Two probes under way into scuba death of backpacker
Published 22/04/2011 | 05:00
A second investigation has been launched into the scuba diving accident that claimed the life of a young Irish backpacker in Australia.
Australian workplace, health and safety officials have now joined Mackay Police in Queensland in investigating the circumstances into the tragic death last Sunday of Elaine Morrow (23), from Ballintra, Co Donegal.
Ms Morrow, a graduate of NUI Maynooth, had only just arrived in Australia on a one-year visa in January.
She was on a three-day chartered boat trip with friends in North Queensland when she joined 12 other tourists on a scuba diving expedition off the popular Whitsunday Islands last weekend.
It's believed that Ms Morrow, a first-time diver, may have become separated from the diving instructor. Her body was found on the ocean floor after she failed to surface with the others at 4:15pm local time.
Despite their attempts at CPR, she could not be revived by witnesses to the accident.
A postmortem was conducted on her body on Wednesday but the results are not expected to be released until next week, Mackay Police told the Irish Independent last night.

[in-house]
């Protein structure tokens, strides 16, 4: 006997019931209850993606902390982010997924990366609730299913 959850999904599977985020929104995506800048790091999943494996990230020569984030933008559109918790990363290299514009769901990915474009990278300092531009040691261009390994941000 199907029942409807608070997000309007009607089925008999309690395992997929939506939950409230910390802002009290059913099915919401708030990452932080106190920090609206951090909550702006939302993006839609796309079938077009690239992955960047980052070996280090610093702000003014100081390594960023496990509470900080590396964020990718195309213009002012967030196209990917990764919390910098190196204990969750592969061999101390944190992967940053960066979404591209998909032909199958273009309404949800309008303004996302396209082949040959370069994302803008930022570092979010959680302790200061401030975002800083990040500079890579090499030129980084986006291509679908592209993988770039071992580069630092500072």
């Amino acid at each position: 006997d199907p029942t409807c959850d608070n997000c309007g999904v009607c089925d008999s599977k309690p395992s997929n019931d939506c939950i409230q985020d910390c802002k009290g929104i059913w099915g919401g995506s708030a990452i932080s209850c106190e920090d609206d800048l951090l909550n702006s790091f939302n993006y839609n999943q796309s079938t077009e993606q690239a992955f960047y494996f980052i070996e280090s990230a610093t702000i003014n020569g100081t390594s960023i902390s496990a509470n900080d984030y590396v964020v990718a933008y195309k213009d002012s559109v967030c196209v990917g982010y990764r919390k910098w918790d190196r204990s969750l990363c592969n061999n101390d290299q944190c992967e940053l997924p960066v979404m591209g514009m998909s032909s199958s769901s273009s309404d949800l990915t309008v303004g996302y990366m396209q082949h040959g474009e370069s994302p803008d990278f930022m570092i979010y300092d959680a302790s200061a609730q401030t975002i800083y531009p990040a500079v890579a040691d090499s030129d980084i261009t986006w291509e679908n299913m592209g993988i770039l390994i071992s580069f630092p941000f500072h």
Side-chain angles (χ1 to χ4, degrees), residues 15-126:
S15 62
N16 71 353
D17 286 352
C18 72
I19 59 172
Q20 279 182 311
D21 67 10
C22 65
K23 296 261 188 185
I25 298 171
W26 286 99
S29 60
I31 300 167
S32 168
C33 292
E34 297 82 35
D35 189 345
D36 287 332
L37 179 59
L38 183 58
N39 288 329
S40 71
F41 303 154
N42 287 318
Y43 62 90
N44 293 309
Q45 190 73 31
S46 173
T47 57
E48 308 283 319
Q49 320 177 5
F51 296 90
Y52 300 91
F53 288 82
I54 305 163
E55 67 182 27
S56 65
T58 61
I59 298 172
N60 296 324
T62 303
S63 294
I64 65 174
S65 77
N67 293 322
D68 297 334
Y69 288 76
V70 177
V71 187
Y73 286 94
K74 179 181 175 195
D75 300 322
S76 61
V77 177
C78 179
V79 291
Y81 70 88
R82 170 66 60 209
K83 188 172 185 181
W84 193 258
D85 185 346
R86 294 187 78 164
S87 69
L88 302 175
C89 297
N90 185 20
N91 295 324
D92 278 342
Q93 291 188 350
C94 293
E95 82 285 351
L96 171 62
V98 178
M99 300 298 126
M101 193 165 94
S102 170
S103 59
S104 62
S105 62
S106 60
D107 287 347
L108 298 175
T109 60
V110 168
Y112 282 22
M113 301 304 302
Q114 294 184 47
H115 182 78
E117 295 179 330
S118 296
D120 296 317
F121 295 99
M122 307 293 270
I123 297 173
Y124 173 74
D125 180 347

But they did reveal that the tour operator which chartered the cruise boat, Summertime, is under investigation.
Whitsunday Sailing Adventures and Tourism, however, claims that "all of our tours are operated to the highest safety standards".
The company's CEO Peter O'Reilly said it was fully co-operating with the investigations into the accident.
"Queensland has some of the strictest diving guidelines in the world and is therefore one of the safest regions to scuba dive in the world," he told the local 'Mackay Daily Mercury' newspaper yesterday.
"However, diving is an adventure activity and as such there are some inherent risks. Our deepest sympathies are extended to the family and friends of the young lady," he said.
Meanwhile, neighbours rallied around the Morrow family in Ballintra yesterday as they struggled with Ms Morrow's death, which ironically occurred two years to the day that her grandfather, Victor Barnes (80), also died, according to a close friend of the family.
"They're still in a state of shock and I don't think it has really sunk in yet," he said. "They're absolutely shattered."
Three of Ms Morrow's former classmates from Ballintra, who are living in Australia, are helping the family as they make arrangements to bring her body home once it is released by the coroner, he added.
Family members were too upset to comment last night.
However, a relative revealed that Ms Morrow was "having the time of her life" before the tragedy struck.